A detailed clinical history, which included the duration, drug intake, family history, and personal history (smoking, alcohol, and occupation), was elicited. A complete general, systemic, and dermatological examination were made. Their WC was measured in a horizontal plane, midway between the inferior margin of the ribs and the superior border of the iliac crest and BP was measured. The morphology of the skin lesions, its distribution, and involvement of hair, nail, palms, soles, and mucosa were noted. Laboratory investigations like FBS, fasting TGL, and HDL were done. A total of 113 cases of LP were included in the study. Among them, four clinically doubtful cases were proved histopathologically, and in one case of follicular LP in a 53-year-old female, dermascopy findings supplemented for the diagnosis.

The data were compiled and the statistical analysis was carried out with SPSS 16 and Sigma Stat 3.5 version. One way ANOVA, Chi-square test were used for detection of significance. P<0.05 was considered as significant.


   Results Top


Out of the total of 113 cases, classical LP (63.7%) was the commonest type followed by hypertrophic LP, eruptive LP, oral LP, linear LP, follicular LP, lichen planus pigmentosus (LPP), and annular LP in the decreasing order of frequency. Majority of the patients were in the fifth decade (41–50 years). Females (62%) were more commonly affected when compared to males (38%) in all age groups. Hypertrophic LP and linear LP were more common in males. In all other variants, female preponderance was seen. Out of 113, 21 cases were found to be associated with MS [Table 1]. In consideration to the confounding variables, all females in our study had no smoking and alcohol habit, and in a total of 43 males, 14 and 7 had history of smoking and alcohol, respectively. As these variables were not equal in distribution, they were not taken into account for the analysis of association between MS and LP [Table 2]. Other confounding variable physical activity was analyzed and found no statistically significant association between cases with MS and physical activity in our study [Table 3].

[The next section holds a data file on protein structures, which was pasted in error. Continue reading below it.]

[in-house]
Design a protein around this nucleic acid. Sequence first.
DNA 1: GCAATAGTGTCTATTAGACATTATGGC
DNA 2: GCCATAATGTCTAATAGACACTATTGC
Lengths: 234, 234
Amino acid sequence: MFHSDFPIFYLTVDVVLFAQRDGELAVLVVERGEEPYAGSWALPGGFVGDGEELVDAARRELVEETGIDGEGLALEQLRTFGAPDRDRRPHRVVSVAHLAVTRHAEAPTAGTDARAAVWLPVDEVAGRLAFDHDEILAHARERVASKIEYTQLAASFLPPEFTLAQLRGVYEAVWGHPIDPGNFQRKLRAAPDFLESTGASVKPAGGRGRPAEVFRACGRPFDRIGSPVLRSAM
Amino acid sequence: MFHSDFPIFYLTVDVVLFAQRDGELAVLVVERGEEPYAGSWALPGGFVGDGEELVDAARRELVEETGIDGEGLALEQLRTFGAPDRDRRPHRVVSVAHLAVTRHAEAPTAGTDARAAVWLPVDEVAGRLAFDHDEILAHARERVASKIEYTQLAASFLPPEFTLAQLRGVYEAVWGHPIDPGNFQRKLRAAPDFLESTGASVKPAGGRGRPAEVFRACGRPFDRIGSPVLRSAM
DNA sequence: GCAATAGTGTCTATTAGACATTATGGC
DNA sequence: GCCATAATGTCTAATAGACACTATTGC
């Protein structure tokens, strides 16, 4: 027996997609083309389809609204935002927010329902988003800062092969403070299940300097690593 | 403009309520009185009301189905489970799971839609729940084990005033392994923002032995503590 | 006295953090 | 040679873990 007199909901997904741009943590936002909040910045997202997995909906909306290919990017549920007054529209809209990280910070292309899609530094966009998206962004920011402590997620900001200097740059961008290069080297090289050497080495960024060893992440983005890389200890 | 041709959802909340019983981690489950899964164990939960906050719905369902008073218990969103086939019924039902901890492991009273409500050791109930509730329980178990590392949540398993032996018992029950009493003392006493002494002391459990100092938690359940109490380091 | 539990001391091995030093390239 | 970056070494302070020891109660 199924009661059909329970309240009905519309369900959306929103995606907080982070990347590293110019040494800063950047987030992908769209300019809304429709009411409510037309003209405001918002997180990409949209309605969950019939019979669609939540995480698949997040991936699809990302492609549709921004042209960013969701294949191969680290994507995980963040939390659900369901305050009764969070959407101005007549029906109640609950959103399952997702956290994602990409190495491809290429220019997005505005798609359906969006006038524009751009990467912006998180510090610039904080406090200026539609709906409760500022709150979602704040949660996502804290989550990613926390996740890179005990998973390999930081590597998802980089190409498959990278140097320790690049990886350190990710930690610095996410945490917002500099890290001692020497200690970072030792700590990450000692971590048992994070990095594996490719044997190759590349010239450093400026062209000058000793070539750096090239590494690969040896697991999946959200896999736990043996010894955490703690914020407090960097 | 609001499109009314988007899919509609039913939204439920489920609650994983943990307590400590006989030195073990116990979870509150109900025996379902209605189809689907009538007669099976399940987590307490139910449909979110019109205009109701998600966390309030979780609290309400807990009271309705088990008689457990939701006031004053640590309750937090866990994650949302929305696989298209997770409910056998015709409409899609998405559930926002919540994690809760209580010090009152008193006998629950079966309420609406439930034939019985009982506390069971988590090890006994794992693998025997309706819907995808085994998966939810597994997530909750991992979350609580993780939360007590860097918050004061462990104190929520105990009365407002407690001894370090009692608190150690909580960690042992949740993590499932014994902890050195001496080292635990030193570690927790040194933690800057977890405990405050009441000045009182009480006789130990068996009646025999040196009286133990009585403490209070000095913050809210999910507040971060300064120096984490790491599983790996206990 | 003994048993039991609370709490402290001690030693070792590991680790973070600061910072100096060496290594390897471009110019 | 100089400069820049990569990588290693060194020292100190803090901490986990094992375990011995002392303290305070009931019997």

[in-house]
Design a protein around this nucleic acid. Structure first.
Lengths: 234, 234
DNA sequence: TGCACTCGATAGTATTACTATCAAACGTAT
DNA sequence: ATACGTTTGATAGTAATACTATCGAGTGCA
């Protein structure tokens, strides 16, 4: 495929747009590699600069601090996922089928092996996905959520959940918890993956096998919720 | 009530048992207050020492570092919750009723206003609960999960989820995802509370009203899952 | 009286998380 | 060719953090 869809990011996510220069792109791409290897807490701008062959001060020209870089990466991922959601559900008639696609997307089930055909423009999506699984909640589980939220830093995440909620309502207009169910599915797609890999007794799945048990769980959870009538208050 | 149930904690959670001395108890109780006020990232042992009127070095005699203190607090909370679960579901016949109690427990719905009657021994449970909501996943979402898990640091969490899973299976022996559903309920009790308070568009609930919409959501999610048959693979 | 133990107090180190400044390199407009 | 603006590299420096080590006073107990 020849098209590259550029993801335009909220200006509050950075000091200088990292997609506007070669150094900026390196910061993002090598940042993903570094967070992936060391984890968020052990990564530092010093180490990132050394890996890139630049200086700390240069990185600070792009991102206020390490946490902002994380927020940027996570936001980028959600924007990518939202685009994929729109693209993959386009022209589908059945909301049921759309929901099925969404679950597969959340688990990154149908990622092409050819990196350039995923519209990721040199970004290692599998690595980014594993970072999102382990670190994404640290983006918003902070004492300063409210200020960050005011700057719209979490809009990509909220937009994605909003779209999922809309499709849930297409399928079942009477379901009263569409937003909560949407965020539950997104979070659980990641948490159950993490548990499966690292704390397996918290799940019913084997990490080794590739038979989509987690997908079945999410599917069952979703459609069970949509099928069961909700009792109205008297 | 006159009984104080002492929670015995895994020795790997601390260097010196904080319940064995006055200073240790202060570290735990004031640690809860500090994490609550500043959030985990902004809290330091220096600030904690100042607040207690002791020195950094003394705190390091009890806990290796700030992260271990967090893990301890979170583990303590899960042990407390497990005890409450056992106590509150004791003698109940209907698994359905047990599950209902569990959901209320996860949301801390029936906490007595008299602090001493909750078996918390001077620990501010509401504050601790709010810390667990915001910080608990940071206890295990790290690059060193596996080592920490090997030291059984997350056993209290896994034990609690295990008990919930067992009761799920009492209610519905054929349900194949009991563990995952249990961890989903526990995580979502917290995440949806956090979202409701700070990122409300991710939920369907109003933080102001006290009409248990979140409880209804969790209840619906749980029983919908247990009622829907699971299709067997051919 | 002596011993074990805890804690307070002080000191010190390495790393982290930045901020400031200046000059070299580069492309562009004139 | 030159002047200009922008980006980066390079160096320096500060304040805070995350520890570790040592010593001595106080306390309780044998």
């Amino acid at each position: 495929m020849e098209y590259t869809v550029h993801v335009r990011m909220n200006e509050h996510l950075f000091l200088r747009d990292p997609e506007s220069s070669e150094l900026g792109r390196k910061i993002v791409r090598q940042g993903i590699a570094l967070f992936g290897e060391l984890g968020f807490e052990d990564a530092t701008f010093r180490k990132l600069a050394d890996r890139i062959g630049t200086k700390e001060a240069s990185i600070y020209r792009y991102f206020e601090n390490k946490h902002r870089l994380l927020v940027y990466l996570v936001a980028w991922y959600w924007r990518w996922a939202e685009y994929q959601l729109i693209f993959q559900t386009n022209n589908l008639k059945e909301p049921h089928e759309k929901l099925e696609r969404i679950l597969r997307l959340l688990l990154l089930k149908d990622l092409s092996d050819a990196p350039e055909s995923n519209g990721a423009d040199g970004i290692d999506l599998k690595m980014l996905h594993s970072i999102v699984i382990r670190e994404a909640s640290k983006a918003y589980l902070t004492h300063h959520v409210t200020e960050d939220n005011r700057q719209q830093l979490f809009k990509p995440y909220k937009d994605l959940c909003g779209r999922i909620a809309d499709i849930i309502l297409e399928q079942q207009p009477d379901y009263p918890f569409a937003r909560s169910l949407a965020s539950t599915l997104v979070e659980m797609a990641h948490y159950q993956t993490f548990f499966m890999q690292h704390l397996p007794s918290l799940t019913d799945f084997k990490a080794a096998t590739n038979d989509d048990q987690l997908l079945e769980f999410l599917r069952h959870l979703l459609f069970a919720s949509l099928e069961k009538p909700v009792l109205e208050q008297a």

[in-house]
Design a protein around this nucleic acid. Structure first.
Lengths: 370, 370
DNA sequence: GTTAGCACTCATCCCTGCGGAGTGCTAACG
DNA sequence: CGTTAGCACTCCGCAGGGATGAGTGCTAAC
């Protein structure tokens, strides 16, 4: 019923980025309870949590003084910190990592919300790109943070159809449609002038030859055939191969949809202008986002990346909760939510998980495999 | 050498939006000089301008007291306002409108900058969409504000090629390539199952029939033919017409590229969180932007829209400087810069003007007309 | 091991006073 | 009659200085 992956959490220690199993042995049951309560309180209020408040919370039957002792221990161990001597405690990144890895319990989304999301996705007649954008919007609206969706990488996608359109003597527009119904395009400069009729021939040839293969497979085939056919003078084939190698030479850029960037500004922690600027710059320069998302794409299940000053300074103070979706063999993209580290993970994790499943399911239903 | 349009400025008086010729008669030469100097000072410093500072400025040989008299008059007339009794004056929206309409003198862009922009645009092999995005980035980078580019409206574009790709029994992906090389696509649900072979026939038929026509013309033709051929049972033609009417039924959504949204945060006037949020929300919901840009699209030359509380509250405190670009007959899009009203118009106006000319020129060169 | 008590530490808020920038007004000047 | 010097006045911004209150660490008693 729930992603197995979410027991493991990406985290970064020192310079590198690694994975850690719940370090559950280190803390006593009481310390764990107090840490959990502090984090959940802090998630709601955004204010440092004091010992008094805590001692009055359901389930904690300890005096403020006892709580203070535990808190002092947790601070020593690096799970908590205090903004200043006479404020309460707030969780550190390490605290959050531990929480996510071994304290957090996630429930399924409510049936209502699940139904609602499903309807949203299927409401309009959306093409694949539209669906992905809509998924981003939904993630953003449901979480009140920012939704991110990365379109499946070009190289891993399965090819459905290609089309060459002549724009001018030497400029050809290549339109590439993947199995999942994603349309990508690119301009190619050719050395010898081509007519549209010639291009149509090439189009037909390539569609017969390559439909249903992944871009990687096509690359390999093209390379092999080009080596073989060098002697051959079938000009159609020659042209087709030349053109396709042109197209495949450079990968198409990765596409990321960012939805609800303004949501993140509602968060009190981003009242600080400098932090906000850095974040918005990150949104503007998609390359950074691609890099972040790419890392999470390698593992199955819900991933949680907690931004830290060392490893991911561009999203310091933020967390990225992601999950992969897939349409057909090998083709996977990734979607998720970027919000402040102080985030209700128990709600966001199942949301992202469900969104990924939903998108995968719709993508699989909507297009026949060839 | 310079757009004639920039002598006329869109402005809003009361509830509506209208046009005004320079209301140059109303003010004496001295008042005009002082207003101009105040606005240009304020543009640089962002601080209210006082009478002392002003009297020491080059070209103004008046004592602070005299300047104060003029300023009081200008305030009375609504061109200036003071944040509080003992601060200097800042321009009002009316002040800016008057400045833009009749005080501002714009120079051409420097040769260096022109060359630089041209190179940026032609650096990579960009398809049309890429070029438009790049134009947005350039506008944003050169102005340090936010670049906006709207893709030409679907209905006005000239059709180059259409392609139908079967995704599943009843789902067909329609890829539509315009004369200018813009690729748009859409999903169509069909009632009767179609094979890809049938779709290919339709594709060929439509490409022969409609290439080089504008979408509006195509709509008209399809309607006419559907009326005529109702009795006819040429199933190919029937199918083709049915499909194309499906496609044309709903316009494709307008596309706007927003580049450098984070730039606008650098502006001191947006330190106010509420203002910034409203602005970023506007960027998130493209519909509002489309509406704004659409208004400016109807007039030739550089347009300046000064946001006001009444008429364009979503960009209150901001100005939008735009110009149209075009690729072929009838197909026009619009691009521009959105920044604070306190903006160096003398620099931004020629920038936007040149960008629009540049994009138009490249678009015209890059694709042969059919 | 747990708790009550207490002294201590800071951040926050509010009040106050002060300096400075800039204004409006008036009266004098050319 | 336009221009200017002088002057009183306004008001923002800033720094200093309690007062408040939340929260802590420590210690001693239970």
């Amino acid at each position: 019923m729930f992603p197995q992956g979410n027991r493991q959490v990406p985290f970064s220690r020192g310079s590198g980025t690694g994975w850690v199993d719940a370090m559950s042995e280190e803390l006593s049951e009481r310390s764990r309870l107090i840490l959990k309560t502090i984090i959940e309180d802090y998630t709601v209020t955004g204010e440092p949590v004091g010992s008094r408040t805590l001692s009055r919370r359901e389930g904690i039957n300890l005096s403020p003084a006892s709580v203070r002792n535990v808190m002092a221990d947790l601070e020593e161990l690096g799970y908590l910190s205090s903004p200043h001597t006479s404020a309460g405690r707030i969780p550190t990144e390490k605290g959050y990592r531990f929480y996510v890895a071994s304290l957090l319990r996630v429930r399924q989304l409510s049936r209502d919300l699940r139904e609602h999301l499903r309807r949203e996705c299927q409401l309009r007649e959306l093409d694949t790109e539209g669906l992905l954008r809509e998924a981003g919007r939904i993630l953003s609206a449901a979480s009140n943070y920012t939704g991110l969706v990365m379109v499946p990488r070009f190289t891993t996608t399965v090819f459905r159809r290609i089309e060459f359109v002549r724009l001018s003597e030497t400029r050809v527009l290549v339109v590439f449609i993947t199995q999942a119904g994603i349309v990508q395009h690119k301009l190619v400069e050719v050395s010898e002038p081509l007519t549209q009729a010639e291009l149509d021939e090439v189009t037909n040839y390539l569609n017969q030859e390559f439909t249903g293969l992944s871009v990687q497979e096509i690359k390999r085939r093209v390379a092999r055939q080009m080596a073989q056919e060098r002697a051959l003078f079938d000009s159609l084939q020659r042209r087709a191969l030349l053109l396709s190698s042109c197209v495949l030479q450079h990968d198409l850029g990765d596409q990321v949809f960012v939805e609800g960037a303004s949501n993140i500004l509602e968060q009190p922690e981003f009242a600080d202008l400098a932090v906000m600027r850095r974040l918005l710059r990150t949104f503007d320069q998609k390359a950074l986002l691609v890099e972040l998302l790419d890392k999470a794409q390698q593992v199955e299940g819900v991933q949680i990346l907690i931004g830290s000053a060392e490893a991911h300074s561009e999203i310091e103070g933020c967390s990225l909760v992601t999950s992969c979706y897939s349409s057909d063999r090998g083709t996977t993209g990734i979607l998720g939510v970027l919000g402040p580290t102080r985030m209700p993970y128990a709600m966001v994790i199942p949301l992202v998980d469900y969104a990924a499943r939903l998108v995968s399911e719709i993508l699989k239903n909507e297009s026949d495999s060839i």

Table 1: Demographic characteristics and clinical types

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Table 2: Number of cases with smoking and alcohol in each age group

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Table 3: Association of MS and Non MS cases with physical activity

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   Discussion Top


LP is a chronic inflammatory disease involving skin, mucous membrane, nail, and hair follicle. Th1 cytokines IL-2, 4, 6, 10, and TNF-α involved in the pathogenesis of LP also play a causal role in risk factors of MS including central obesity, dyslipidemia, hypertension, and insulin resistance. These risk factors are the strong predictor of diabetes, cardiovascular diseases, and stroke.[8],[9] Few studies proved the association of oral LP with MS and also with its components, namely, dyslipidemia.[5],[10]

This was an observational study in which a total of 113 newly diagnosed cases of all variants of LP presented in the age group of 10 and above were included.

Classical LP was the commonest type seen which was consistent with the study conducted by Parihar et al.,[11] followed by hypertrophic LP, eruptive LP, oral LP, linear LP, follicular LP, LPP, and annular LP in decreasing order of frequency.

Majority of the patients affected were in the fifth decade (24.8%), whereas in the study conducted by Omal et al.,[12] majority of the patients were in third and sixth decade. Females (62%) were predominantly affected when compared to males (38%) similar to the study conducted by Parihar et al.[11]

In 113 patients, 21 (18.6%) cases had MS. In a total of 21 cases of MS, 17 (81%) were females and 4 (19%) were males. Therefore, MS was significantly higher in females compared to males (P<0.001).

Prevalence of increased WC was high among LP patients when compared to other MS criteria similar to the study done by Kurian et al.[13] Regarding distribution of MS cases in different age groups, more number of cases [12 (57.1%)] were found to be in the age group of 41–50. Thus, association of LP with MS in the fifth decade was significantly (P=0.007) high, whereas the study conducted by Prasad et al. showed higher prevalence of MS in the seventh decade.[14]

Among the 21 cases associated with MS, 10 cases were of classical LP, 8 cases were of eruptive type, and the remaining 3 cases were one each of hypertrophic LP, mucosal LP, and LPP.

In a total of 13 cases of eruptive LP, 8 cases were found to be associated with MS. Among them, four belonged to the age group of 41–50 and two were in the age group of 31–40 and 51–60. On comparing other variants, eruptive LP had significant association with MS (P

<0.001).

The confounding variables, smoking and alcohol with its unequal distribution, are not taken into account for the analysis. According to their occupation, physical activity was classified [15] among cases associated with MS and non-MS in different age groups. There was no statistically significant association between physical activity and MS cases and with variants of LP (P= 0.07 and 0.412, respectively) [Table 3] and [Table 4]. Thus, confounding variables like smoking, alcohol, and physical activity had no significant association with MS cases in our study.